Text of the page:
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Slavery in Mauritania

Slavery practices in their traditional heritage form still exist in the Saharan state of Mauritania, northwest of the African continent, despite conflicting views on the proportion of its presence.

In 1981, Mauritania became the last country in the world to abolish slavery. Rights reports argue the credibility of this abolition, however, there are 2.4% of enslaved people reported to exist while 62% were “exposed” to this type of slavery according to the World Slavery Index. There were no official statistics on the extent of the problem, and successive Mauritanian Governments usually claimed that figures from international law organisations were exaggerated for political purposes.

Although international laws and charters of slavery have been criminalised the acts of traditional slavery, it continued and have taken other modern forms, such as trafficking in human beings for sexual exploitation, forced labor, crime, or organ theft, in addition to forced labor, forced marriage and child slavery.

In Mauritania, practices of a relaxed or enslaved nature no longer exist, at least in their crude classical style, given the existence of a tight legal arsenal that is explicitly and categorically criminalised, yet the society continues to suffer from the social deposits of this abhorrent phenomenon, as some cases are observed in certain areas, according to some BBC journalists.

Professor Stephen King at Georgetown University, talks in a paper published by the Arab Reform Initiative last August, about two types of slavery in Mauritania: First, inherited slavery based on descent “treating human beings as property,” as well as others “living under modern slavery or slavery-like conditions.”

However, the head of the IRA humanitarian movement, Biram Weld Ebeid, said that the victims are under genetic slavery through the mother, giving birth to the property of others who act in their rights and their lives. They are treated like a property of the owner. Some of them even treat women as slaves, giving their offspring as a wedding gift. So, it’s not modern slavery, but it’s traditional slavery that’s widespread and has a lot of victims.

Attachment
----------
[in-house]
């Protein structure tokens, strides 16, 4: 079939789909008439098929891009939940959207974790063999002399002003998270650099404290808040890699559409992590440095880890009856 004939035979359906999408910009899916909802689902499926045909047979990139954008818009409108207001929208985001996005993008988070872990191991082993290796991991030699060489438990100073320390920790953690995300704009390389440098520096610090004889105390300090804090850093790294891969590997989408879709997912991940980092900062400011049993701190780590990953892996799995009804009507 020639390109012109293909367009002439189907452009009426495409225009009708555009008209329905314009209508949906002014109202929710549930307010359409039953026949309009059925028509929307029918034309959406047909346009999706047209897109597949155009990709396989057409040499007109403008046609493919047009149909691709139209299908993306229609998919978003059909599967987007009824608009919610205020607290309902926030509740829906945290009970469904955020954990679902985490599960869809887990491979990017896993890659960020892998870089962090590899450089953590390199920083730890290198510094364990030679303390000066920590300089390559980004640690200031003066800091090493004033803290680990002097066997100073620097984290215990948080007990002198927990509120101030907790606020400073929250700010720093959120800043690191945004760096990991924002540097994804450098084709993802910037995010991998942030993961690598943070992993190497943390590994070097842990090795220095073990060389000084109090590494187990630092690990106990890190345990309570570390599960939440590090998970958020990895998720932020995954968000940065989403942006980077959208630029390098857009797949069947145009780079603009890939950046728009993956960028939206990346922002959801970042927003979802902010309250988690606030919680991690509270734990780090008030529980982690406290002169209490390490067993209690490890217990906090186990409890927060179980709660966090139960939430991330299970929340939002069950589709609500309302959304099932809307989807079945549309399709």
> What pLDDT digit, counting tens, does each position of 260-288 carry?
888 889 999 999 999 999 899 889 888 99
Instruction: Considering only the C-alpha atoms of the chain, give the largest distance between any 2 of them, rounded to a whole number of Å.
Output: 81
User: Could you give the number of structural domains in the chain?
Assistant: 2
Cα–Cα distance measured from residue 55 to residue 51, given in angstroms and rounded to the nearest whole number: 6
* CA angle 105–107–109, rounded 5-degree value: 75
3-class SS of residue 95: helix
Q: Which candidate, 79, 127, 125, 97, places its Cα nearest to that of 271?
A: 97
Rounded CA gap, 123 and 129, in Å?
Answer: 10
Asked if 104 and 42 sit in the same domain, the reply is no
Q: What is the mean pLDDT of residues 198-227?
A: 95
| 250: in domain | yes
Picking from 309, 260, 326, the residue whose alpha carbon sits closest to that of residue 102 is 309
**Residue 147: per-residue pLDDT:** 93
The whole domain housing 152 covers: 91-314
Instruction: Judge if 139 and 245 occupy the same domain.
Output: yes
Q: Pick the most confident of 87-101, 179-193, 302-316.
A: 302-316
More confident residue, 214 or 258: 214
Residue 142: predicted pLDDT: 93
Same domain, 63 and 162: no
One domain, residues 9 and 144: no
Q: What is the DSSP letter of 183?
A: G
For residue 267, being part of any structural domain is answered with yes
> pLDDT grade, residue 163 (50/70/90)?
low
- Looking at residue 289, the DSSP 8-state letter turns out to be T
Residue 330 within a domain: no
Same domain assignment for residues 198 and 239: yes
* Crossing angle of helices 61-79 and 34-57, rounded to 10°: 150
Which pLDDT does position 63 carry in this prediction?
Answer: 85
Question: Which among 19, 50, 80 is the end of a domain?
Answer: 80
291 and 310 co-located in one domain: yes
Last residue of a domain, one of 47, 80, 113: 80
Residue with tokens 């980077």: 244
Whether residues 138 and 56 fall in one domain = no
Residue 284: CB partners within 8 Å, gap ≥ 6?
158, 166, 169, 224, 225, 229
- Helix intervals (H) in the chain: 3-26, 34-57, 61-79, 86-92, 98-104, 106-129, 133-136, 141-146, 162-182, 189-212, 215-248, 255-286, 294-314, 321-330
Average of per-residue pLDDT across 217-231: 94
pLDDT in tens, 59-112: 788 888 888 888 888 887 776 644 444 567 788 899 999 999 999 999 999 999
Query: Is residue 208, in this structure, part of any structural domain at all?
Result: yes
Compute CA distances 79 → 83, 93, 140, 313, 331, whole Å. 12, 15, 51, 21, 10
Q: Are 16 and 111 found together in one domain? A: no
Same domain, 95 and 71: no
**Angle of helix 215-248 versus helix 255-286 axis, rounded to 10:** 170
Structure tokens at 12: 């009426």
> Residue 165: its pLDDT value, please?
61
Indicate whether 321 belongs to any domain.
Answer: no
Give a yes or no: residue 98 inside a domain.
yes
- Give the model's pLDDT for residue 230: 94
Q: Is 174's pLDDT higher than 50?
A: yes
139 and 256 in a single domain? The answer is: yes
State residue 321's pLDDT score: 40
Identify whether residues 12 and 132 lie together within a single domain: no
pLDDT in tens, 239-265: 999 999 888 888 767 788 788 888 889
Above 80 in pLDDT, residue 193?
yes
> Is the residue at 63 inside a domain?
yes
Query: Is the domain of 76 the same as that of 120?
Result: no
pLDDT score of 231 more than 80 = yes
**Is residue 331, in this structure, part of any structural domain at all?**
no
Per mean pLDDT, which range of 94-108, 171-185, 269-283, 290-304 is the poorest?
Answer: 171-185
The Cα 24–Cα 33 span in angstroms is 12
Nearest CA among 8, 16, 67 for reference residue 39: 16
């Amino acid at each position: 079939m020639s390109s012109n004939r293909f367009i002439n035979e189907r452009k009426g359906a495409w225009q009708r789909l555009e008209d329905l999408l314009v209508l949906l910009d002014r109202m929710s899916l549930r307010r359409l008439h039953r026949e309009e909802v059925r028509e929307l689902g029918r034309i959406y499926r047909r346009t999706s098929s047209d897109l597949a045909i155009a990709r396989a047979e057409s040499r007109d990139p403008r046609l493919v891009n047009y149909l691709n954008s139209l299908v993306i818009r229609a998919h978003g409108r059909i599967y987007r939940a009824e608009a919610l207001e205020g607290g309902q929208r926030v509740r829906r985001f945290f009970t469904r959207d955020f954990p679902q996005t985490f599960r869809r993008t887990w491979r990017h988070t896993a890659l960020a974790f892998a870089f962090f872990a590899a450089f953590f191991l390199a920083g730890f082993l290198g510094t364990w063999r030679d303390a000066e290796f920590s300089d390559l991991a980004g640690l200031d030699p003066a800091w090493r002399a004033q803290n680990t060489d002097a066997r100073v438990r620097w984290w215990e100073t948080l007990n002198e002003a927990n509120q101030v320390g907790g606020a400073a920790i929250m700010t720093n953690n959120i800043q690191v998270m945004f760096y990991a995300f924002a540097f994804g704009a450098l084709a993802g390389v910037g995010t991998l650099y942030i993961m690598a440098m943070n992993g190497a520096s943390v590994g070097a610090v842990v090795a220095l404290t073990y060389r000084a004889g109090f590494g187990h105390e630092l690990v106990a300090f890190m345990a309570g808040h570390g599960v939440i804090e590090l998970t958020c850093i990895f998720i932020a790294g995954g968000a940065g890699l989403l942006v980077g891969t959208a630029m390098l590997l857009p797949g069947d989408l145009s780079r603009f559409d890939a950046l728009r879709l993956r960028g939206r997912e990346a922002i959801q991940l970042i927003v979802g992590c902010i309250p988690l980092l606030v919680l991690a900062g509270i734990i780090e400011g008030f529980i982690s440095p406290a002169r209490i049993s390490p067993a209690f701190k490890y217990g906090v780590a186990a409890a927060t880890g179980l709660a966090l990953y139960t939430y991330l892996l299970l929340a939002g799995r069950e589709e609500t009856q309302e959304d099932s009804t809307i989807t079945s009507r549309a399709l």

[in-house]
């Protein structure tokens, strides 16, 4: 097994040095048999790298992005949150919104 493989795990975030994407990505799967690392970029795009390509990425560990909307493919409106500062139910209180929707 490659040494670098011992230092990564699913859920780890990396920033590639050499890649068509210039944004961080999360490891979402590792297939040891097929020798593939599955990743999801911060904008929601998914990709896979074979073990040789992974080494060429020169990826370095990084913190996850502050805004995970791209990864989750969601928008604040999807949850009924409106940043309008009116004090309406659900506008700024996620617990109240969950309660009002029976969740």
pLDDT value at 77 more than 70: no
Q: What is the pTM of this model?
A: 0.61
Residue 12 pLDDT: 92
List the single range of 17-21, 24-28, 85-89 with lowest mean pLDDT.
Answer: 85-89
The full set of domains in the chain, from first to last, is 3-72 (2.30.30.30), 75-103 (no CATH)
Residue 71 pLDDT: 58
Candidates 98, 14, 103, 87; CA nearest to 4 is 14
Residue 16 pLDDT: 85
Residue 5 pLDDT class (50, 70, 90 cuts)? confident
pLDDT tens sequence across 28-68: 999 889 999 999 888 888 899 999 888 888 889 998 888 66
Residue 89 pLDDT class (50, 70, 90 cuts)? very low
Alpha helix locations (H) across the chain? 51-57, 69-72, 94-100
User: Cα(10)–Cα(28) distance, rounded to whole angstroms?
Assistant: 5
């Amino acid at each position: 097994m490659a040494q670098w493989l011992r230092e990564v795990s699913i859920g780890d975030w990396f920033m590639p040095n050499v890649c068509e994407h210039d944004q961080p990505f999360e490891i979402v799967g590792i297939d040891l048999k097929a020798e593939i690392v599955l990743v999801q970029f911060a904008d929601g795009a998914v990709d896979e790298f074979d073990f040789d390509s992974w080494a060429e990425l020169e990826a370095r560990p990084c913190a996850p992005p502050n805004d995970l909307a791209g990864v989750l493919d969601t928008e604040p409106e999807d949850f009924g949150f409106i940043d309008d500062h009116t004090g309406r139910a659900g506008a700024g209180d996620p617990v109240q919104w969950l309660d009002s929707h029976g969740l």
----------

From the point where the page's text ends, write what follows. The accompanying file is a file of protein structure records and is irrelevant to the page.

Causes of slavery

Despite the presidential decree abolishing slavery in Mauritania in 1981, criminal laws were not enacted to enforce the prohibition.

In 2007, Mauritania passed a law allowing the prosecution of slave owners, but it was rarely applied, according to domestic and international jurists and United Nations reports. Indeed, a large number of anti-slavery jurists have been prosecuted and imprisoned. In 2015, the Government of Mauritania had established three special courts to try those accused of slavery, but had also investigated a few cases.

Human rights defenders in Mauritania maintain that one of the reasons for the non-application of legislation on the prohibition of slavery is that many communities, judicial and security controllers continue to believe that slavery is legitimate and sacred and cannot be dismantled, supported by the continuous social sediments of slavery and the weakness of civil and social awareness caused by the fragility of the educational system.  Extreme poverty among former slaves as well, causing them to continue to live “under the will of their former masters due to the urgent need. Despite legislation, and President Mohamed Ould Al-Ghazwani’s emphasis on the elimination of “slavery and its causes,” the children of former slaves “continue to live in poverty, vulnerability and deprivation.”

Despite the positive signs and the legislative and reform efforts made by the authorities in recent years to address the phenomenon of slavery in Mauritania, there is still a long way to go and, according to many observers, there is a need for radical treatment at many levels – economic, social, educational, political and judicial – not only to eradicate the phenomenon, but also to help its victims and their children, who suffer from poverty and marginalisation.

For our part, we would like to shed light on the existence of this kind of slavery, which has long ceased to exist in all countries but still exists “in Mauritania. While emphasising the existence of other types of modern slavery, such as trafficking in human beings, exploitation, abuse, especially, of migrants who face torture, and killing. We, therefore, call for efforts to unite and for cooperation with the Mauritanian State and human rights defenders to eradicate this abhorrent phenomenon.

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